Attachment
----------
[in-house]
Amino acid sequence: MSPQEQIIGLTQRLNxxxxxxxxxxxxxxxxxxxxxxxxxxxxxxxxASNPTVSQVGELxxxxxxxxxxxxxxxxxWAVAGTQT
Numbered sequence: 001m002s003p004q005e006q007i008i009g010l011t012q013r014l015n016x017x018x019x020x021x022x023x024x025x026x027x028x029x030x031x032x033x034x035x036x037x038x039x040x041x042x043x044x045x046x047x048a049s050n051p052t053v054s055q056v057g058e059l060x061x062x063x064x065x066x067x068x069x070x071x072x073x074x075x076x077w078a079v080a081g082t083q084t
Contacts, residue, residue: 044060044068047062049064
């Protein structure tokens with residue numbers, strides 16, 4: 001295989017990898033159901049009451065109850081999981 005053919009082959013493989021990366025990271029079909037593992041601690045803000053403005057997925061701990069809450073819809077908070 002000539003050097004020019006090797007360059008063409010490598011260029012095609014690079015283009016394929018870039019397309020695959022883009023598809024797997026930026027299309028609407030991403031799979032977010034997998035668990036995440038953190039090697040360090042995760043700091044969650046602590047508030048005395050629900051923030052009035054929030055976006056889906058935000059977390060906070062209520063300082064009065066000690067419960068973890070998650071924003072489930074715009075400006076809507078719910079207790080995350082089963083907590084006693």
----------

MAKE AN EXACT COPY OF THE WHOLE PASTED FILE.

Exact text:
[in-house]
Amino acid sequence: MSPQEQIIGLTQRLNxxxxxxxxxxxxxxxxxxxxxxxxxxxxxxxxASNPTVSQVGELxxxxxxxxxxxxxxxxxWAVAGTQT
Numbered sequence: 001m002s003p004q005e006q007i008i009g010l011t012q013r014l015n016x017x018x019x020x021x022x023x024x025x026x027x028x029x030x031x032x033x034x035x036x037x038x039x040x041x042x043x044x045x046x047x048a049s050n051p052t053v054s055q056v057g058e059l060x061x062x063x064x065x066x067x068x069x070x071x072x073x074x075x076x077w078a079v080a081g082t083q084t
Contacts, residue, residue: 044060044068047062049064
């Protein structure tokens with residue numbers, strides 16, 4: 001295989017990898033159901049009451065109850081999981 005053919009082959013493989021990366025990271029079909037593992041601690045803000053403005057997925061701990069809450073819809077908070 002000539003050097004020019006090797007360059008063409010490598011260029012095609014690079015283009016394929018870039019397309020695959022883009023598809024797997026930026027299309028609407030991403031799979032977010034997998035668990036995440038953190039090697040360090042995760043700091044969650046602590047508030048005395050629900051923030052009035054929030055976006056889906058935000059977390060906070062209520063300082064009065066000690067419960068973890070998650071924003072489930074715009075400006076809507078719910079207790080995350082089963083907590084006693």